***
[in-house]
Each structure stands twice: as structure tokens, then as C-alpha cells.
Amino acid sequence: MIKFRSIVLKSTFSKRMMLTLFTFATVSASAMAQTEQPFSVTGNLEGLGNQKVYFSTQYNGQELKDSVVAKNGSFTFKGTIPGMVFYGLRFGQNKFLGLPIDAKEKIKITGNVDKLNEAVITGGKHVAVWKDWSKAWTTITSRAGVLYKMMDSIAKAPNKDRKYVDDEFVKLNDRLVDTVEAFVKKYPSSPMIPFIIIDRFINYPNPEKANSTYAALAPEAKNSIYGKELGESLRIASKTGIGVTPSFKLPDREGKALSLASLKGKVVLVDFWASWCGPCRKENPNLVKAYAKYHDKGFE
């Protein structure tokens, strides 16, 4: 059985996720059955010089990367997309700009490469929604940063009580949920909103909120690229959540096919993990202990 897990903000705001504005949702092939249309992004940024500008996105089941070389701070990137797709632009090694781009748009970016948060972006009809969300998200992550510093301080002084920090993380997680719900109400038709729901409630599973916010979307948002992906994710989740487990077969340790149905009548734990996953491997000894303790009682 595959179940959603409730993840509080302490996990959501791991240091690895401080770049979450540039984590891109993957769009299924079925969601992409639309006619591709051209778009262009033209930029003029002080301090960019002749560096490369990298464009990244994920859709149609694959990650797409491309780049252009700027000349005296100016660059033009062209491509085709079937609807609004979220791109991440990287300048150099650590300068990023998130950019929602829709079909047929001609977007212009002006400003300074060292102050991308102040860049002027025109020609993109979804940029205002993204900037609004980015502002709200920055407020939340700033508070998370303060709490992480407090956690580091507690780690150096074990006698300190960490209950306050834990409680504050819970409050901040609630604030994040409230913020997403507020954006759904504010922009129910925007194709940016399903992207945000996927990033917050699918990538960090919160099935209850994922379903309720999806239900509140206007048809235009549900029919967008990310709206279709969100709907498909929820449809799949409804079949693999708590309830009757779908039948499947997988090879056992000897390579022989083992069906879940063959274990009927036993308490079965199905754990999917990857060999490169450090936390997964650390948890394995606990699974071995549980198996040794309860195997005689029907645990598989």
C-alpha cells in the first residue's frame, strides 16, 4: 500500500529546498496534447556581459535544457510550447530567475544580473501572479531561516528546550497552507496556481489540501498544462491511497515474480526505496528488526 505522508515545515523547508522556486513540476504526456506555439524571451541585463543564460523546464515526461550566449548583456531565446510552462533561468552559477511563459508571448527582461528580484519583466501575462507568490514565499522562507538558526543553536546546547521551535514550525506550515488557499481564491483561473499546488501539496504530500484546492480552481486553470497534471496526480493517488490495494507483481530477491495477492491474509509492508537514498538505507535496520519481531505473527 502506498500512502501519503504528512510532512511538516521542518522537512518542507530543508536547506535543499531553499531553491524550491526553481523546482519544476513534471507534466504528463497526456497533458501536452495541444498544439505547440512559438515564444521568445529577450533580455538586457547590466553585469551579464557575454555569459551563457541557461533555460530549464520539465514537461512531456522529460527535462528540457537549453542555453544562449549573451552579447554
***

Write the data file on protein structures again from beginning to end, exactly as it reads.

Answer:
[in-house]
Each structure stands twice: as structure tokens, then as C-alpha cells.
Amino acid sequence: MIKFRSIVLKSTFSKRMMLTLFTFATVSASAMAQTEQPFSVTGNLEGLGNQKVYFSTQYNGQELKDSVVAKNGSFTFKGTIPGMVFYGLRFGQNKFLGLPIDAKEKIKITGNVDKLNEAVITGGKHVAVWKDWSKAWTTITSRAGVLYKMMDSIAKAPNKDRKYVDDEFVKLNDRLVDTVEAFVKKYPSSPMIPFIIIDRFINYPNPEKANSTYAALAPEAKNSIYGKELGESLRIASKTGIGVTPSFKLPDREGKALSLASLKGKVVLVDFWASWCGPCRKENPNLVKAYAKYHDKGFE
């Protein structure tokens, strides 16, 4: 059985996720059955010089990367997309700009490469929604940063009580949920909103909120690229959540096919993990202990 897990903000705001504005949702092939249309992004940024500008996105089941070389701070990137797709632009090694781009748009970016948060972006009809969300998200992550510093301080002084920090993380997680719900109400038709729901409630599973916010979307948002992906994710989740487990077969340790149905009548734990996953491997000894303790009682 595959179940959603409730993840509080302490996990959501791991240091690895401080770049979450540039984590891109993957769009299924079925969601992409639309006619591709051209778009262009033209930029003029002080301090960019002749560096490369990298464009990244994920859709149609694959990650797409491309780049252009700027000349005296100016660059033009062209491509085709079937609807609004979220791109991440990287300048150099650590300068990023998130950019929602829709079909047929001609977007212009002006400003300074060292102050991308102040860049002027025109020609993109979804940029205002993204900037609004980015502002709200920055407020939340700033508070998370303060709490992480407090956690580091507690780690150096074990006698300190960490209950306050834990409680504050819970409050901040609630604030994040409230913020997403507020954006759904504010922009129910925007194709940016399903992207945000996927990033917050699918990538960090919160099935209850994922379903309720999806239900509140206007048809235009549900029919967008990310709206279709969100709907498909929820449809799949409804079949693999708590309830009757779908039948499947997988090879056992000897390579022989083992069906879940063959274990009927036993308490079965199905754990999917990857060999490169450090936390997964650390948890394995606990699974071995549980198996040794309860195997005689029907645990598989």
C-alpha cells in the first residue's frame, strides 16, 4: 500500500529546498496534447556581459535544457510550447530567475544580473501572479531561516528546550497552507496556481489540501498544462491511497515474480526505496528488526 505522508515545515523547508522556486513540476504526456506555439524571451541585463543564460523546464515526461550566449548583456531565446510552462533561468552559477511563459508571448527582461528580484519583466501575462507568490514565499522562507538558526543553536546546547521551535514550525506550515488557499481564491483561473499546488501539496504530500484546492480552481486553470497534471496526480493517488490495494507483481530477491495477492491474509509492508537514498538505507535496520519481531505473527 502506498500512502501519503504528512510532512511538516521542518522537512518542507530543508536547506535543499531553499531553491524550491526553481523546482519544476513534471507534466504528463497526456497533458501536452495541444498544439505547440512559438515564444521568445529577450533580455538586457547590466553585469551579464557575454555569459551563457541557461533555460530549464520539465514537461512531456522529460527535462528540457537549453542555453544562449549573451552579447554